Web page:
Definitions limit on label length in UTF-8

"Martin J. Dürst" duerst at
Sat Sep 12 03:33:34 CEST 2009

Hello Adam,

Great to hear from you.

On 2009/09/12 5:10, Adam M. Costello wrote:
> "\"Martin J. Dürst\""<duerst at>  wrote:
>> [Short summary: It's very easy to create UTF-8 strings that are longer
>> than punycode, for everything except US-ASCII. Remember, punycode was
>> *designed* to be efficient, in particular for domain name labels.]
> Of the 11 languages I tried for my ACE evaluation, five were more
> compact in Punycode than in UTF-8 for my example sentence ("Why can't
> they just speak<language>?").
> Arabic:
>    Punycode: xn--egbpdaj6bu4bxfgehfvwxn
>       UTF-8: ??????????????????????????????????
> Hebrew:
>    Punycode: xn--4dbcagdahymbxekheh6e0a7fei0b
>       UTF-8: ????????????????????????????????????????????
> Hindi (Devanagari):
>    Punycode: xn--i1baa7eci9glrd9b2ae1bj0hfcgg6iyaf8o0a1dig0cd
>       UTF-8: ??????????????????????????????????????????????????????????????????????????????????????????
> Japanese (kanji and hiragana):
>    Punycode: xn--n8jok5ay5dzabd5bym9f0cm5685rrjetr6pdxa
>       UTF-8: ??????????????????????????????????????????????????????
> Russian:
>    Punycode: xn--b1abfaaepdrnnbgefbaDotcwatmq2g4l
>       UTF-8: ??????????????????????????????????????????????????????????

To look at the other examples, Chinese (in particular simplified) is 
lucky in that codepoints are quite close together. Czech, Spanish, and 
Vietnamese are Latin, mostly ASCII. Korean was always known to be a 
problem for compression, even for punycode.

>> People not familiar with the history of the development of IDNA2003
>> should be aware of the fact that a lot of energy went into the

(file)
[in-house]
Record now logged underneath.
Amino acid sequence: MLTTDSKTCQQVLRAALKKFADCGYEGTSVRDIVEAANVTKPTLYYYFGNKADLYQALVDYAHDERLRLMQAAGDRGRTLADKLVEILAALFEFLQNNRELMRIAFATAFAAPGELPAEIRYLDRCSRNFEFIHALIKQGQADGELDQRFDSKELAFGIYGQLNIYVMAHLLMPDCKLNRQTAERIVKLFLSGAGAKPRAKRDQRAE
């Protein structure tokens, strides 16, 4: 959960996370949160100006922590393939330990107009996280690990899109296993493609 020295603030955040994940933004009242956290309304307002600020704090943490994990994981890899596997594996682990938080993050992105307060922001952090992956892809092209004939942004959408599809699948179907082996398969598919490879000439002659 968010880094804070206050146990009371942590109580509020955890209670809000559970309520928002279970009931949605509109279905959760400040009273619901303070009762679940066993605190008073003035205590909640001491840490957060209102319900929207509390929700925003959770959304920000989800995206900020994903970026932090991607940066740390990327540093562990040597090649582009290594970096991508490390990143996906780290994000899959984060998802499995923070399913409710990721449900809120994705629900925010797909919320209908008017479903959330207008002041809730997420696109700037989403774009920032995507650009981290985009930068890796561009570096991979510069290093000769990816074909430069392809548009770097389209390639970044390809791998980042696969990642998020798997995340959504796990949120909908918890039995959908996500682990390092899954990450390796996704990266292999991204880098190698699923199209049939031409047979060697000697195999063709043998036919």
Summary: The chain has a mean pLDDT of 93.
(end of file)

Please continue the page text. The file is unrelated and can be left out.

>> development of compression algorithms for domain names,
> I can confirm that.  :)
>> The "max 63 octets in UTF-8" provision, unless removed, negates all
>> this effort.
> Yeah, that would be a shame.
> Since I haven't had time to participate in IDNA2008, maybe I haven't
> earned the right to comment, but...

Well, you are THE expert on punycode, so I think your comments are very 
much appreciated.

Regards,   Martin.

> A real concern back then was that IDNA would be unfair to non-ASCII
> scripts, because they couldn't fit nearly as much text in a domain
> label.  Making it truly fair was never possible, but we did work very
> hard to find an encoding that could squeeze as much non-ASCII text
> as possible into a 63-byte ACE label.  If a 63-byte limit on UTF-8
> forms is imposed, the complexity of Punycode is largely wasted and/or
> misdirected; the encoding should have been designed to be just complex
> enough to beat UTF-8, not to be as compact as possible.
> Also, I agree with Martin's concern that adding a 63-byte limit on the
> UTF-8 form of labels would have greater cost than benefit.  The cost is
> breaking compatibility with names that are valid in IDNA2003.

#-# Martin J. Dürst, Professor, Aoyama Gakuin University
#-#   mailto:duerst at

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